Mediterranean diet may help cut depression risk by a third
‘Strong arguments’ for diet to be considered part of treatment of mental health
The Mediterranean diet: plenty of fruit, vegetables, nuts, plant-based food and fish. Illustration: iStock
Following a Mediterranean diet could help prevent depression, new research suggests.
Eating plenty of fruit, vegetables, nuts, plant-based food and fish may cut the risk of developing the condition by around a third, according to a study published in journal Molecular Psychiatry. Meanwhile, a diet high in saturated fat, sugar and processed food was associated with an increased likelihood of depression.
Lead author Dr Camille Lassale, from the department of epidemiology and public health at University College London said: “There is compelling evidence to show that there is a relationship between the quality of your diet and your mental health. This relationship goes beyond the effect of diet on your body size or other aspects of health that can in turn affect your mood.
“We aggregated results from a large number of studies and there is a clear pattern that following a healthier, plant-rich, anti-inflammatory diet can help in the prevention of depression.”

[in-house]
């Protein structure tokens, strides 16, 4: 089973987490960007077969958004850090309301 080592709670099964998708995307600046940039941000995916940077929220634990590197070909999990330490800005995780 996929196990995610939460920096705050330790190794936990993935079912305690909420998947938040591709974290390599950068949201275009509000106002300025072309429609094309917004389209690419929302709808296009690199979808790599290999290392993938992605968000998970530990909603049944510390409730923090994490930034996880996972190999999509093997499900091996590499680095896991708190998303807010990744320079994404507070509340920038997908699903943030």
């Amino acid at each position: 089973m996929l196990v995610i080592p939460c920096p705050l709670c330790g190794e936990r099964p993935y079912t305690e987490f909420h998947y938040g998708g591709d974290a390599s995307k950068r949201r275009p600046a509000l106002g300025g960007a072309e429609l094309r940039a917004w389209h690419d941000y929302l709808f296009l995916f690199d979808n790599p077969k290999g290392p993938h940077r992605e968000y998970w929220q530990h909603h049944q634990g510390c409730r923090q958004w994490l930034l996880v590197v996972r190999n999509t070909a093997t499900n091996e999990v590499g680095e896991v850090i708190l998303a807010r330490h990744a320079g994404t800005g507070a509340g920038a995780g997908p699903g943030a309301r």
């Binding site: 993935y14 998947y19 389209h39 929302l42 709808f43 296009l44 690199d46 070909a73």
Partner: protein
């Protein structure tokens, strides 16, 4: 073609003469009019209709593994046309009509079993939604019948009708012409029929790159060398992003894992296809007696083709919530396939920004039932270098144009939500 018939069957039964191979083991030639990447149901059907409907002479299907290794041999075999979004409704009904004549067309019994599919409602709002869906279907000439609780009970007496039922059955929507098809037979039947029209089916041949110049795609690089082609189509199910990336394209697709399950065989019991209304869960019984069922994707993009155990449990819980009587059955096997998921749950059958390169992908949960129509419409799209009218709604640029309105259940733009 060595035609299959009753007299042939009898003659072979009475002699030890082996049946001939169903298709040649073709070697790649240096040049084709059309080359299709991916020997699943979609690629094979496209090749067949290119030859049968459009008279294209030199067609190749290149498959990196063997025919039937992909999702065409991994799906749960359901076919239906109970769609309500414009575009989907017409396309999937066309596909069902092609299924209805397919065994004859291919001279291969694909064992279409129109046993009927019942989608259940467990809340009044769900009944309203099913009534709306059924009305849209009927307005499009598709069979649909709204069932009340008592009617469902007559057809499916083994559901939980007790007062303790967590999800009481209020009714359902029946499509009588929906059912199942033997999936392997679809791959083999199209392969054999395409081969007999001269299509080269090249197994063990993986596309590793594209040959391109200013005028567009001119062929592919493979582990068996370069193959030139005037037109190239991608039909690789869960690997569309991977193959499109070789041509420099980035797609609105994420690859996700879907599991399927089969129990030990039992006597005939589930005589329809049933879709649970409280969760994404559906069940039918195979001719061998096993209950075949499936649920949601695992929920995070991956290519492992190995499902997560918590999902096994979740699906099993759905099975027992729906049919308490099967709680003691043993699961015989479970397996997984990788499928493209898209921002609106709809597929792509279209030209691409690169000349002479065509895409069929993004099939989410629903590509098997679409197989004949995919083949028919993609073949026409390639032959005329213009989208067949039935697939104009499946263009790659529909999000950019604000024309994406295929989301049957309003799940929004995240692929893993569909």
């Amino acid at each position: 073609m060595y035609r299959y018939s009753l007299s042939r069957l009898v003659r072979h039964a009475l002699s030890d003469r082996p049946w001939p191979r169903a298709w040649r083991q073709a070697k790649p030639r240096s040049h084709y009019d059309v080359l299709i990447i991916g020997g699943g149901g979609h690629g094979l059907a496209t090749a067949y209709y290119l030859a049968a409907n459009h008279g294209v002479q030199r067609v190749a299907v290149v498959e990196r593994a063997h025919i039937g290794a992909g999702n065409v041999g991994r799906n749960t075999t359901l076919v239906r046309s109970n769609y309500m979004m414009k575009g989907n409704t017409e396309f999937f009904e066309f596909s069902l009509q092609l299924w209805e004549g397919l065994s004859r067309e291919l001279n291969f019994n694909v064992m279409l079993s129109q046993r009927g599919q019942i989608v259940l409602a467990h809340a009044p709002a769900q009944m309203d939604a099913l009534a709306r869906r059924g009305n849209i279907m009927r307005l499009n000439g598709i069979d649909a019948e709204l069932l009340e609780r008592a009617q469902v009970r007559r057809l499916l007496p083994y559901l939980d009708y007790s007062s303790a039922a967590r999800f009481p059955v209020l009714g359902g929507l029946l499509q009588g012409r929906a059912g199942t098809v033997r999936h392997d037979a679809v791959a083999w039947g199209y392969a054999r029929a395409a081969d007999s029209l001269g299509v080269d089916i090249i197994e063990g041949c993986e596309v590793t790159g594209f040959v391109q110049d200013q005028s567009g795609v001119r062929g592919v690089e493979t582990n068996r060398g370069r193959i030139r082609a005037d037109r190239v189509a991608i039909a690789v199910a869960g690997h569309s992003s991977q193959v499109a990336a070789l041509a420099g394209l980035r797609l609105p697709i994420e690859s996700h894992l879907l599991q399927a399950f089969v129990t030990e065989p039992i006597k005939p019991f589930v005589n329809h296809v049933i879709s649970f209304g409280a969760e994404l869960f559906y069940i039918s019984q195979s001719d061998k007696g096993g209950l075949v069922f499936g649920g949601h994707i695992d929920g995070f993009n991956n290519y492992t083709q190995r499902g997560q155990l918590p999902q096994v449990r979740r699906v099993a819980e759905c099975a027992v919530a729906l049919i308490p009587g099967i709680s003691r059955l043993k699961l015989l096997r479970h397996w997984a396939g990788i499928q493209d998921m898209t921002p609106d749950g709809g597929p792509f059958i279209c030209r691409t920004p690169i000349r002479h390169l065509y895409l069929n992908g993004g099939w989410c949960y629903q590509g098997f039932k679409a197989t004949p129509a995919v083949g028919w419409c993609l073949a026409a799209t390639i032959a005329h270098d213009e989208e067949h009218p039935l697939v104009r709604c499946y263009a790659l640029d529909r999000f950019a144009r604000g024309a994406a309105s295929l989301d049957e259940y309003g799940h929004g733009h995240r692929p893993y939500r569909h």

The researchers analysed data from 41 studies, including four that examined the link between a traditional Mediterranean diet and mental health among 36,556 adults.
People who most closely adhered to a Mediterranean diet had a 33 per cent lower risk of developing depression over the next eight to 12 years, they found, compared with those whose diet least resembled it.
Five of the studies looked at the the impact of an inflammatory foods diet on mental health in 32,908 adults across the world. A diet low in saturated fat, sugar and processed food was linked with a 24 per cent reduced risk of developing depression over the next five to 12 years.
Dr Lassale said: “A pro-inflammatory diet can induce systemic inflammation, and this can directly increase the risk for depression. There is also emerging evidence that shows that the relationship between the gut and brain plays a key role in mental health and that this axis is modulated by gastrointestinal bacteria, which can be modified by our diet.”
The results mean “there are now strong arguments” for diet to be considered as part of the treatment of mental health, co-author Tasnime Akbaraly said.
She added: “Our study findings support routine dietary counselling as part of a doctor’s office visit, especially with mental health practitioners. This is of importance at a patient’s level, but also at public health level, especially in a context where poor diet is now recognised to be the leading cause of early death across middle- and high-income countries and at the same time mental disorders as the leading cause of disability.” – PA